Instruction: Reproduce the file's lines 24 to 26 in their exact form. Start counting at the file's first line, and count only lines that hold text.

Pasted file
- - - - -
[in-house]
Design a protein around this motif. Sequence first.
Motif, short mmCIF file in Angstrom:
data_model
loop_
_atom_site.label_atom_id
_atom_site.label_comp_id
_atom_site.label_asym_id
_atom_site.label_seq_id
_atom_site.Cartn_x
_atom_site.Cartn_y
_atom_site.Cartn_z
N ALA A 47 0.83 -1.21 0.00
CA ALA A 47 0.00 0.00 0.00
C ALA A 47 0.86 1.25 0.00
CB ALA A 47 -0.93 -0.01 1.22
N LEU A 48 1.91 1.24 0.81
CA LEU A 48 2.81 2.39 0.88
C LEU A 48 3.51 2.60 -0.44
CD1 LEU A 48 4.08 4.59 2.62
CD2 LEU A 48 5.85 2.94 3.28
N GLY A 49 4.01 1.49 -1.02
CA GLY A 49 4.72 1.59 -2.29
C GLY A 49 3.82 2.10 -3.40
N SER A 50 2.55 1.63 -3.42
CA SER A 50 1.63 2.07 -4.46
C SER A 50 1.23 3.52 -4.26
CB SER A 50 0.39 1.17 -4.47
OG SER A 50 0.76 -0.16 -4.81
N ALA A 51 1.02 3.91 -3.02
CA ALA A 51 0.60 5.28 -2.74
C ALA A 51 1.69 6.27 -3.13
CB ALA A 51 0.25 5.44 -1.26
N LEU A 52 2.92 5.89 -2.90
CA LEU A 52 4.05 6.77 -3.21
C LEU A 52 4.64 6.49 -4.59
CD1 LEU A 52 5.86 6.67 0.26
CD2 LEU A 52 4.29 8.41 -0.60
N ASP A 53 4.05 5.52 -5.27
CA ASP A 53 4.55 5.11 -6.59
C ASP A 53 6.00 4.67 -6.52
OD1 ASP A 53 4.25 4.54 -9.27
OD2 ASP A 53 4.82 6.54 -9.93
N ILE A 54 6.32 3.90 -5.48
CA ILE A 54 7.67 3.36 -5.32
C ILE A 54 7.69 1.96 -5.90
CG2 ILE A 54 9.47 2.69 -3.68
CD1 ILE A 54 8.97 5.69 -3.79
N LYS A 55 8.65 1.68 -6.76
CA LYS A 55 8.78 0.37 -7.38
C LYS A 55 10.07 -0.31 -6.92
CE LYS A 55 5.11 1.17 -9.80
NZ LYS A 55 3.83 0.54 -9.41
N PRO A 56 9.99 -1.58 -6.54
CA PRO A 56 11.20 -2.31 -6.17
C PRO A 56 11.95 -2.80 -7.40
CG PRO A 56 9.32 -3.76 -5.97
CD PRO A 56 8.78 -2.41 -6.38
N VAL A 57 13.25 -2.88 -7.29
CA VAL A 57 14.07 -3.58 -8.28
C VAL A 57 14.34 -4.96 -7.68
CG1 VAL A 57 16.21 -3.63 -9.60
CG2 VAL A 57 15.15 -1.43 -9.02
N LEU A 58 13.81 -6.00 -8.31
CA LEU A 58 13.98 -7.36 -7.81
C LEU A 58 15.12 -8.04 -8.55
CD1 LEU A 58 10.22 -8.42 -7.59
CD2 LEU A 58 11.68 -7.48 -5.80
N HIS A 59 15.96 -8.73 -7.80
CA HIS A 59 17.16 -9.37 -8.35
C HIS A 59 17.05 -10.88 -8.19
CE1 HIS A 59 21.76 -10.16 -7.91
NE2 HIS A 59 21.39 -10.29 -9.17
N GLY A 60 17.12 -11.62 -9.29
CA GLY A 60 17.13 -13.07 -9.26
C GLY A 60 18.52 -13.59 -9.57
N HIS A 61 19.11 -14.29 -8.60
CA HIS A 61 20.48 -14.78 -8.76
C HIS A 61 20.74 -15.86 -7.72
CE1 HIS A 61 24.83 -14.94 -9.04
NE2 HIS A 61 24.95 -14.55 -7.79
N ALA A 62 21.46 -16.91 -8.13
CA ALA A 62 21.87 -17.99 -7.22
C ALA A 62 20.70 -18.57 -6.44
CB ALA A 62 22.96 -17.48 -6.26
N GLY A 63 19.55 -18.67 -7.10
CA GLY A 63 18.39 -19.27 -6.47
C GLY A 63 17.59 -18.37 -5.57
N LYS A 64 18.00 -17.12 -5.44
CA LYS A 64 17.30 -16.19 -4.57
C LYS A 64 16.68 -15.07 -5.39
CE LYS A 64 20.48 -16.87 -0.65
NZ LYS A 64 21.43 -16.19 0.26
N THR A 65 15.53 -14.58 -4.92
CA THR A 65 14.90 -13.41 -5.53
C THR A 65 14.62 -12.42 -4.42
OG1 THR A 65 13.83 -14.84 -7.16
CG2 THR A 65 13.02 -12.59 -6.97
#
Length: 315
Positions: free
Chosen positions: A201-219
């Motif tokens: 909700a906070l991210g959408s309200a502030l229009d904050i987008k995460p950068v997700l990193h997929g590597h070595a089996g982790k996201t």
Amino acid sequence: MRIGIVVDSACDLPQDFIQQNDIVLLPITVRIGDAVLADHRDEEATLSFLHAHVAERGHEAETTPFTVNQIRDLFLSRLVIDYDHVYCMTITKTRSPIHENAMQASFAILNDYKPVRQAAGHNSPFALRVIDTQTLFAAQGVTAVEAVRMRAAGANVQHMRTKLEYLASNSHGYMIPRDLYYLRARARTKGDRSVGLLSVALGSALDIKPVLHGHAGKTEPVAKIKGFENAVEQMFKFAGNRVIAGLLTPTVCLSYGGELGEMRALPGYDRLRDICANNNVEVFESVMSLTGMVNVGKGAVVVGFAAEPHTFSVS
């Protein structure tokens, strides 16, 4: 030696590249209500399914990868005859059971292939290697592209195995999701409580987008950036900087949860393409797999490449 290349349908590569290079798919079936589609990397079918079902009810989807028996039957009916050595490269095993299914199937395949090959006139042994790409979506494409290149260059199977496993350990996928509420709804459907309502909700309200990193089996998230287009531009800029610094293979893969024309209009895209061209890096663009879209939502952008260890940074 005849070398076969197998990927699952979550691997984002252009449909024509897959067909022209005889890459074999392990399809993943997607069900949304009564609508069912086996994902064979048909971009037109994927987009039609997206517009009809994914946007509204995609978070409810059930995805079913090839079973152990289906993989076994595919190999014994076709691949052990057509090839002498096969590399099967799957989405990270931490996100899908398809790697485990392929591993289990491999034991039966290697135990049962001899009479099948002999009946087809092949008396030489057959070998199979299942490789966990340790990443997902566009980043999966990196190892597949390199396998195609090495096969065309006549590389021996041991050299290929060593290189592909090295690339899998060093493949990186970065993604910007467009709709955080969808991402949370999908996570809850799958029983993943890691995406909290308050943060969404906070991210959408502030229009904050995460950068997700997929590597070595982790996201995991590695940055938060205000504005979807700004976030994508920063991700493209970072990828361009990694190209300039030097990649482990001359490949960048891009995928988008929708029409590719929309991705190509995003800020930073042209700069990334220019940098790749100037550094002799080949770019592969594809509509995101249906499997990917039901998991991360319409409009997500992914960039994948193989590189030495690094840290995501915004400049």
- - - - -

C GLY A 49 3.82 2.10 -3.40
N SER A 50 2.55 1.63 -3.42
CA SER A 50 1.63 2.07 -4.46